Researchers reported Thursday the results of a remarkable series of experiments aimed at saving human life using organs from genetically engineered pigs.
This time around, surgeons in Alabama transplanted a pig’s kidneys into a brain-dead man—a step-by-step rehearsal for an operation they hope to try in living patients possibly later this year.
“The organ shortage is in fact an unmitigated crisis and we’ve never had a real solution to it,” said Dr. Jayme Locke of the University of Alabama at Birmingham, who led the newest study and aims to begin a clinical trial of pig kidney transplants.
Recent headlines have focused on similar studies as the research continues into human-animal transplants.
Twice this fall, surgeons at New York University temporarily attached a pig’s kidney to blood vessels outside the body of a deceased recipient to watch them work. A heart was also donated by the University of Maryland Medical Center to a man who is currently in his last days.
But scientists still needed to learn more about how to test such transplants without risking a patient’s life. With the help of a family who donated a loved one’s body for science, Locke mimicked the way human organ transplants are done—from removing the pig “donor” kidneys to sewing them inside the deceased man’s abdomen.
For a little over three days, until the man’s body was removed from life support, the pair of pig kidneys survived with no sign of immediate rejection, her team reported Thursday in the American Journal of Transplantation.
This was just one of many key discoveries. Locke said it wasn’t clear if delicate pig kidney blood vessels could withstand the pounding force of human blood pressure — but they did. One kidney was damaged during removal from the pig and didn’t work properly but the other rapidly started producing urine as a kidney should. There were no pig virus infections transmitted to the recipient. Also, there weren’t any pig cells in the bloodstream.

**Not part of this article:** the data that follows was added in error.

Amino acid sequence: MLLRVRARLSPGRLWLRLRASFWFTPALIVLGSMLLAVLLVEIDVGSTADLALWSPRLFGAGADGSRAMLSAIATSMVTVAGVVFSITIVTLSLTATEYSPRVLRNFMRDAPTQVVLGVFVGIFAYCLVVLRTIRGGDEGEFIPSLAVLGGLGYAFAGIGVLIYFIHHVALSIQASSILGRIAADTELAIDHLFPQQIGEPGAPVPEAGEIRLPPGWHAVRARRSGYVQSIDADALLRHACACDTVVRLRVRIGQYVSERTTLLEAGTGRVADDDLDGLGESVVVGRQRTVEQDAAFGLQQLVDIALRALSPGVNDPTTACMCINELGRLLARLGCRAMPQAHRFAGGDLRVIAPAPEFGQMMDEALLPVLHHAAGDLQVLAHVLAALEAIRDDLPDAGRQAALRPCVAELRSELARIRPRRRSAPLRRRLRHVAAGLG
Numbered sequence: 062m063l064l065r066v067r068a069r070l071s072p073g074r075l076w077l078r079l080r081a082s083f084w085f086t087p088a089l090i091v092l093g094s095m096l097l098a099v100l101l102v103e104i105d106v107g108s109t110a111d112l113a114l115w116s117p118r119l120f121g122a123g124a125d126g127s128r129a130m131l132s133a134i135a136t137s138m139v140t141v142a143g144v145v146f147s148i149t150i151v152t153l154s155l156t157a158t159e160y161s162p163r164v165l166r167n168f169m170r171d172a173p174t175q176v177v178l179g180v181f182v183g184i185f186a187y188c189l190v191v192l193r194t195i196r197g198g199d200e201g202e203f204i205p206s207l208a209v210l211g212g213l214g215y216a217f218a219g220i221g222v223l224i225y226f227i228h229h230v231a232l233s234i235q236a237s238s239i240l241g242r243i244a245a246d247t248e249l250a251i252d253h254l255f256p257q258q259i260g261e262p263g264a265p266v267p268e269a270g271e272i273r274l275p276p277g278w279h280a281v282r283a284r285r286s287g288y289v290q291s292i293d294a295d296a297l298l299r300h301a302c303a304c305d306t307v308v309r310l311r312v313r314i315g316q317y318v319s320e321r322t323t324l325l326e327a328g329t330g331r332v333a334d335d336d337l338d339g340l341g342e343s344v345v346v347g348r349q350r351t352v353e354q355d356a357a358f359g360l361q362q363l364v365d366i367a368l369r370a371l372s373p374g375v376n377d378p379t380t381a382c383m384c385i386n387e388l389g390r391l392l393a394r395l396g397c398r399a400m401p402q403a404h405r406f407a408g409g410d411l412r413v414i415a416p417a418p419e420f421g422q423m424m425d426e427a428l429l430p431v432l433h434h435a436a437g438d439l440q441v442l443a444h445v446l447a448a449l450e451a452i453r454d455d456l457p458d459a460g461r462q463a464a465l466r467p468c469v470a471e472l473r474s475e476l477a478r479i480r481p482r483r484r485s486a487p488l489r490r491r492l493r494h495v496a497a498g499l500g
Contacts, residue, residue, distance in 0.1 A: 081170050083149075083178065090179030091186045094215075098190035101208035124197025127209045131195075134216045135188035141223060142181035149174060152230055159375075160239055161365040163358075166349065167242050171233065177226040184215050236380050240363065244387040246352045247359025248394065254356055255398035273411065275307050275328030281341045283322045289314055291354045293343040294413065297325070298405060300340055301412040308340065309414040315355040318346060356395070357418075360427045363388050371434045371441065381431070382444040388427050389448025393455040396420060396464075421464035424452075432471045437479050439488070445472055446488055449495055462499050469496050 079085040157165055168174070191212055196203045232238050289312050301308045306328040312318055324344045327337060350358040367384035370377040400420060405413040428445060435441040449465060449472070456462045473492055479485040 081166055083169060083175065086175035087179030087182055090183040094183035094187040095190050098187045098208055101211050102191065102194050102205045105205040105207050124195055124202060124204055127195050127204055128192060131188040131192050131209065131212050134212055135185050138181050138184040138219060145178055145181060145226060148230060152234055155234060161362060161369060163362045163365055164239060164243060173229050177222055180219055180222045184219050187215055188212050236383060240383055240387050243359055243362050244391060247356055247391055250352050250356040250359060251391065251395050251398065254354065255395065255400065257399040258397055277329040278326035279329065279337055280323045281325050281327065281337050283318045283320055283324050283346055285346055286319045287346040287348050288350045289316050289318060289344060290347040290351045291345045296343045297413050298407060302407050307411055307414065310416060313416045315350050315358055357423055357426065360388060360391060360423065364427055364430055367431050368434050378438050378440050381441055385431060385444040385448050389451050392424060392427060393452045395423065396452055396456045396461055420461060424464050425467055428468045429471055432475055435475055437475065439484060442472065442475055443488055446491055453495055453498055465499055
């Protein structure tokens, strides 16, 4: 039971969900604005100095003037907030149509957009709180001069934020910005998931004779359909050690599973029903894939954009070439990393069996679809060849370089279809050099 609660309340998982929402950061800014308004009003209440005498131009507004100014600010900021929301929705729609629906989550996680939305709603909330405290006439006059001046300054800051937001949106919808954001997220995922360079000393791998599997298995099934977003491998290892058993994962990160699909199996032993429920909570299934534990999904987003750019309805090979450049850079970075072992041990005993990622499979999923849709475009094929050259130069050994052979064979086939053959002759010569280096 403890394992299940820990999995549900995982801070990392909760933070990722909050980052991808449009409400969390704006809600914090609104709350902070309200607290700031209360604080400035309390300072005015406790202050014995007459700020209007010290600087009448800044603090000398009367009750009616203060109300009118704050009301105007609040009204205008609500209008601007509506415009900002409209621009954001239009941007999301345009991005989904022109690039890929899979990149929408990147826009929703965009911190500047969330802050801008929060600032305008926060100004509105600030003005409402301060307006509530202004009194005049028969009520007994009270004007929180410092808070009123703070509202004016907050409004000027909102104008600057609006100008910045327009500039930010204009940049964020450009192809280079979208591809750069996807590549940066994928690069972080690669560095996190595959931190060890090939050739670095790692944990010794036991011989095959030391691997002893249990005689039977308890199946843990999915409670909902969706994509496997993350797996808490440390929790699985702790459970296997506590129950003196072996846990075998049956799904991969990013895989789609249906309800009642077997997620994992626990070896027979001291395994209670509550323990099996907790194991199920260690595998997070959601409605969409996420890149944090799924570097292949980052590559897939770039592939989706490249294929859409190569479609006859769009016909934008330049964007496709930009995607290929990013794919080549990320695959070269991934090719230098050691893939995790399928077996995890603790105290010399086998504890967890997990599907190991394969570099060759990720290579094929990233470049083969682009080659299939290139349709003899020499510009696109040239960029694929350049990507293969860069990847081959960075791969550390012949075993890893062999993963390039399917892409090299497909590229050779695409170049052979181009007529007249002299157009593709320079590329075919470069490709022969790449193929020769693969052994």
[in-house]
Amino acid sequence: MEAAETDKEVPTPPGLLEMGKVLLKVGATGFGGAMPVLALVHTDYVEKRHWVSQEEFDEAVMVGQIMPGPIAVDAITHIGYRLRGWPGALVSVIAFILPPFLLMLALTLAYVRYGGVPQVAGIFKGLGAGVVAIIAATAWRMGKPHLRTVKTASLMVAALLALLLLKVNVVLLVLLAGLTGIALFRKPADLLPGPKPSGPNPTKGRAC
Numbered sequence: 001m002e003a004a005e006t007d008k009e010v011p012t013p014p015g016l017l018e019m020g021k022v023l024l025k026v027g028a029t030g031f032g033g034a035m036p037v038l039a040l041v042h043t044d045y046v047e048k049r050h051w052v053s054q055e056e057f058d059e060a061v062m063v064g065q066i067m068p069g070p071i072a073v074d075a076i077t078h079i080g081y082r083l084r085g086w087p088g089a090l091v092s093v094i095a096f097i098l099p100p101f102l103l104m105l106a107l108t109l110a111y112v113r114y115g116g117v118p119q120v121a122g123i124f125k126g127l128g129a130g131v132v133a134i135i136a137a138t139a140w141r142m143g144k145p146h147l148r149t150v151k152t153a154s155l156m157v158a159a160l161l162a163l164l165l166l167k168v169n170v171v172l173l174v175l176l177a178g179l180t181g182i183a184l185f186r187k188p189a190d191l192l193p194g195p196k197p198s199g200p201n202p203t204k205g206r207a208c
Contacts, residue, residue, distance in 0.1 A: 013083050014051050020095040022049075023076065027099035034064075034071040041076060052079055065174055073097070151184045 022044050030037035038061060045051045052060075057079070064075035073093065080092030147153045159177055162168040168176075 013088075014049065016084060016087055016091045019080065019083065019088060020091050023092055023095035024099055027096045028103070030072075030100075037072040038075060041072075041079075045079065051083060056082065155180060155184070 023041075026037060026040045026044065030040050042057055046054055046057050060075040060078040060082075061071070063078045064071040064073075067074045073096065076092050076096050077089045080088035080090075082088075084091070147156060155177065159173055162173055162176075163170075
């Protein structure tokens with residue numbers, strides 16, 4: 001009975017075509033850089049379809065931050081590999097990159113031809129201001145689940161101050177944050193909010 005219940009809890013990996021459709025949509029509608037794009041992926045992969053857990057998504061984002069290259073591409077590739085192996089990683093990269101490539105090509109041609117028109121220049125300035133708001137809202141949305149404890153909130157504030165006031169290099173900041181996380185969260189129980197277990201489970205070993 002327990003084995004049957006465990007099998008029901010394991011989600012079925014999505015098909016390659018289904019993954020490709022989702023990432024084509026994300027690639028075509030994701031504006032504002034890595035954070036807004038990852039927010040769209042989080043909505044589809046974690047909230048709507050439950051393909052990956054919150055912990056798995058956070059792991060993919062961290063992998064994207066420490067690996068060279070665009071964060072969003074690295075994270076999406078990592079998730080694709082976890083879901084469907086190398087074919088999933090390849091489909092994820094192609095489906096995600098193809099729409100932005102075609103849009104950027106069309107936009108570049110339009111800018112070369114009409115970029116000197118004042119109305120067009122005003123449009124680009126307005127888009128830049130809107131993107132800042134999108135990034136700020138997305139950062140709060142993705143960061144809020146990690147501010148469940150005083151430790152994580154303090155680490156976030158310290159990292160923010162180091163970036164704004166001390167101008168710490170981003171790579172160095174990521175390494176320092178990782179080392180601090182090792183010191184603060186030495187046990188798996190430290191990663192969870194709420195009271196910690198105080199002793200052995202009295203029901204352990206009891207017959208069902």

But Locke said the kidney experiment could have more far-reaching impact — because it shows that a brain-dead body can be a much-needed human model to test potential new medical treatments.
This research was done after Jim Parsons of Alabama, aged 57, died in an accident involving dirtbike racing.
After hearing this kind of research “had the potential to save hundreds of thousands of lives, we knew without a doubt that that was something that Jim would have definitely put his seal of approval on,” said Julie O’Hara, Parsons’ ex-wife.
There is a huge need for organ donations: More than 41,000 organ transplants took place in the United States last year. This was a new record. However, there are still more than 100,000 individuals on the waiting list. Many people die each year without ever receiving an organ. And thousands more don’t even make it onto the waiting list.
Animal-to-human transplants, what’s called xenotransplantation, have been attempted without success for decades. People’s immune systems almost instantly attack the foreign tissue. But scientists now have new techniques to edit pig genes so their organs are more human-like—and some are anxious to try again.
The recent string of pig experiments “is a big step forward,” said Dr. David Kaczorowski of the University of Pittsburgh Medical Center. Moving on to first-stage trials in potentially dozens of people is “becoming more and more feasible.”
A heart transplant surgeon, Kaczorowski has done experiments testing pig organs in non-human primates that helped pave the way but “there are only things we can learn by transplanting them into humans.”
There are still many hurdles to overcome before testing can begin in humans, such as deciding who is qualified to test an organ from pigs. Karen Maschke, a researcher at the Hastings Center, will assist with the development of ethics and policy recommendations for first clinical trials funded by the National Institutes of Health.
Scientists also still have much to learn about how long pig organs survive and how best to genetically alter them, cautioned Dr. Robert Montgomery of NYU Langone Health, who led that center’s kidney experiments in the fall.
“I think different organs will require different genetic modifications,” he said in an email.
UAB collaborated with Revivicor (a subsidiary of United Therapeutics) to conduct the latest kidney experiment. Revivicor also donated organs for both the New York heart transplant and UAB’s recent kidney transplant. Company scientists made 10 genetic changes to these pigs, knocking out some genes that trigger a human immune attack and make the animals’ organs grow too large—and adding some human genes so the organs look less foreign to people’s immune systems.
There are also practical issues like how to reduce the time it takes to get pig organs there. UAB placed the affected pigs at Birmingham’s germ-free hospital, complete with an operating area that allows for organ removal and preparation for transplant.
David Ayares is chief scientific officer at Revivicor. He stated future plans included building additional such facilities close to transplant centers.